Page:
So quickly, Enterprise High School’s 2019 regular football season ends with tonight’s game, in Theodore, where the Wildcats and Bobcats, will play for the third time in the spotty, six-game series dating to 1989’s 21-6 EHS win in R.L. Bates Memorial Stadium.
Enterprise’s other win over Theodore, in Wildcat Stadium, was the 45-10 beauty in September 2016.
Theodore’s first win over EHS, 24-0, came in 1995’s first playoff round, the second was a 39-0 skunking Sept. 29, 2017, both in Theodore; and the third was the 28-16 decision last year in Enterprise, dropping the Cats to 2-8 for the second consecutive season.
All that’s history; tonight the playoff-bound Cats (4-5) are headed to C.A. Douglas Field to face playoff-bound 7A Region 1 Bobcats (8-1).
Notably, Theodore played six-man football prior to 1951, its first year fielding a big-boy, varsity team, according to Alabama High School Athletic Association’s historical website and in 1979, Theodore lost to Murphy, 33-26, in a record seven overtimes.
One former Bobcat star, C.J. Mosley, last played high school football in 2009; the Alabama two-time All-American is currently employed by New York’s Jets.
Unless it’s changed since ’17, Douglas Field’s pressbox, like Smiths Station’s Panther Stadium, isn’t conducive for a crack 7A broadcast team; we sit outside.
Auburn’s Duck Samford Stadium’s two-story, visiting pressbox, was opened, circa 2015, by EHS broadcasters. The man ahead of us on the steps was touching up the paint job.
A brick pressbox with two rooms, one with a world-class air conditioner and two windows; neither window offers even the slimmest look at the scoreboard.
Play-by-play dude Fox Fleming used a Dollar Tree selfie stick and mirror, bound with chewing gum, slipped between glass and solid brick wall the first year but advanced to a yard-sale movie camera and screen this year.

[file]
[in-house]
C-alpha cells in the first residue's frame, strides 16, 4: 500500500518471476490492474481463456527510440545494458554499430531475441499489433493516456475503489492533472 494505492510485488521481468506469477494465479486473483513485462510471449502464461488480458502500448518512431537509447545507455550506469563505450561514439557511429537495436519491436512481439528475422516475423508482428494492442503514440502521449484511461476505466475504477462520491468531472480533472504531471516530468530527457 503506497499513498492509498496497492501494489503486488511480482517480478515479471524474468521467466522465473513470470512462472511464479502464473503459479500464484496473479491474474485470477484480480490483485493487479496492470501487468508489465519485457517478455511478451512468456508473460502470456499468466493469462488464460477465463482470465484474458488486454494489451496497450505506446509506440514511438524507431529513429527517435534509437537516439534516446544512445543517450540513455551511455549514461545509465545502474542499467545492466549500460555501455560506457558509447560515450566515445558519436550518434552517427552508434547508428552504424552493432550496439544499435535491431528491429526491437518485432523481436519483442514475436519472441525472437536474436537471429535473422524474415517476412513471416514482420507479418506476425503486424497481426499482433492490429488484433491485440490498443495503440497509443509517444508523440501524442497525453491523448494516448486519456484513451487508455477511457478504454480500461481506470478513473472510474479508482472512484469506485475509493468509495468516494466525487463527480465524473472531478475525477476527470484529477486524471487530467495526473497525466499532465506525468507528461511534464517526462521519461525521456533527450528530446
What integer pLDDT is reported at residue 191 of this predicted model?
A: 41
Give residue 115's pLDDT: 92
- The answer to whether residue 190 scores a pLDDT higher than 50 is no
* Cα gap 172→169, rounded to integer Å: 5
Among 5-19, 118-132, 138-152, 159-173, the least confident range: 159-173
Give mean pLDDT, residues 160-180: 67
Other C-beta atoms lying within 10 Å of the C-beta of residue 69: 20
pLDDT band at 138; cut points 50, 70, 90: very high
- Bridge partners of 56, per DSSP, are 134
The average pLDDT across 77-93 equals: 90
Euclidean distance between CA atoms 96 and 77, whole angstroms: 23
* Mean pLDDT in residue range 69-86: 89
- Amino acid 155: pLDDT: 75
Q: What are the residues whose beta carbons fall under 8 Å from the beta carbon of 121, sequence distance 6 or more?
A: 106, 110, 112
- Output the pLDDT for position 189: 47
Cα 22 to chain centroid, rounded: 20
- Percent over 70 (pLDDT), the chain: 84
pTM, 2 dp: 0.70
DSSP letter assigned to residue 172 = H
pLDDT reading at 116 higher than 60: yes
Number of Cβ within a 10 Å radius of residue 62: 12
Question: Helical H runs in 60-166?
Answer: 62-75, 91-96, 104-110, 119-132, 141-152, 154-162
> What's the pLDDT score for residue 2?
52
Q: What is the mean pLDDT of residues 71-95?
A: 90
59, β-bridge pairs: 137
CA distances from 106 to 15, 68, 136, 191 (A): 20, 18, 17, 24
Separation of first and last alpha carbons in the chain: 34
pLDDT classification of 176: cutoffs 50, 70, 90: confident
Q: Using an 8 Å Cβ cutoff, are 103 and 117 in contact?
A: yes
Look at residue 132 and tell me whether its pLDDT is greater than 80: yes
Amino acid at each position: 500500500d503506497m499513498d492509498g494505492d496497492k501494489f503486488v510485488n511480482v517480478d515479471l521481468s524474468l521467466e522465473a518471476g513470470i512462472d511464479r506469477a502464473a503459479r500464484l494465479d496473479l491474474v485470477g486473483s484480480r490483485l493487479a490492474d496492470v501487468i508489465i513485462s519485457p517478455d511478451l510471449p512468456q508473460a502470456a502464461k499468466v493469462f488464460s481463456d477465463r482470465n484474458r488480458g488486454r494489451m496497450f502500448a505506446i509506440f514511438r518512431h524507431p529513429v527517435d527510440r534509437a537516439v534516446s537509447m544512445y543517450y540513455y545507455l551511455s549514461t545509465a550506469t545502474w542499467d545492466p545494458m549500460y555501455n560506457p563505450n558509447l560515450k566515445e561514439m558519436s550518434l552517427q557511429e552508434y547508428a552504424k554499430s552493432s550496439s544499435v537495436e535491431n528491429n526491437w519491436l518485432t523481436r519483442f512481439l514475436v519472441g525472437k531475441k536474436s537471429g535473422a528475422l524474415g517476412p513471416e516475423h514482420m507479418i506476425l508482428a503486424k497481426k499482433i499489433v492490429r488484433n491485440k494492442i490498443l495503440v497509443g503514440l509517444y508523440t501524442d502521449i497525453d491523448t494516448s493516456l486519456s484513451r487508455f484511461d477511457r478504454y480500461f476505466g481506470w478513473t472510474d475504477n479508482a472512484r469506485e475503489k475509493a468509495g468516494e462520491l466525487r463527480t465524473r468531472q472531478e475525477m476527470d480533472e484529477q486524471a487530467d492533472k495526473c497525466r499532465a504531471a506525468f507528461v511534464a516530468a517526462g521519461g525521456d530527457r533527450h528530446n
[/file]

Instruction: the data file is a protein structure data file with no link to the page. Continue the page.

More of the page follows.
The structure’s bottom floor features a co-ed restroom open to the general public on one side; the other side’s a mystery.
Might as well finish this 7A Region 2 pressbox review.
Prattville’s Stanley-Jensen Stadium’s visiting pressbox is a divided two-room, block structure with two LARGE windows; a new box was built when metal bleachers, on what is now the home side, were erected years ago.
Over the years, our broadcast quarters there have reeked of dead cats, rats and bats and a one-time, unforgettable, inhuman stench.
Excusing 79 steps to the visiting radio booth in Dothan’s Rip Hewes Stadium, the pressbox is ideal for broadcasting. It’s closest to the field of any we use.
Montgomery’s Jeff Davis and Robert E. Lee use Cramton Bowl and the pressbox is spacious, comfortable, reached by elevator with a complete eyeful of the field, scoreboard and entrance of the Oakwood Annex Cemetery where Hank’s buried.
Charles Henderson uses Troy University’s state-of-the-art pressbox.
Let’s see. Which ’un’s missing?
It’s Phenix City’s Garrett-Harrison Stadium, home of Central High’s Red Devils.
Until some 10 years ago, the pressbox was a functional but sorta cramped metal building.
Since then, the replacement is a fine place to work, comfortable, with an unobstructed view of a truly fine facility … and it’s big enough for us wide tracks.
While Central’s steps are some fewer than Dothan’s, they’re even steeper than Rip Hewes’ and there ain’t a handrail.
Wildcat Stadium has an elevator, comfortable chairs and a breathtaking sunset view.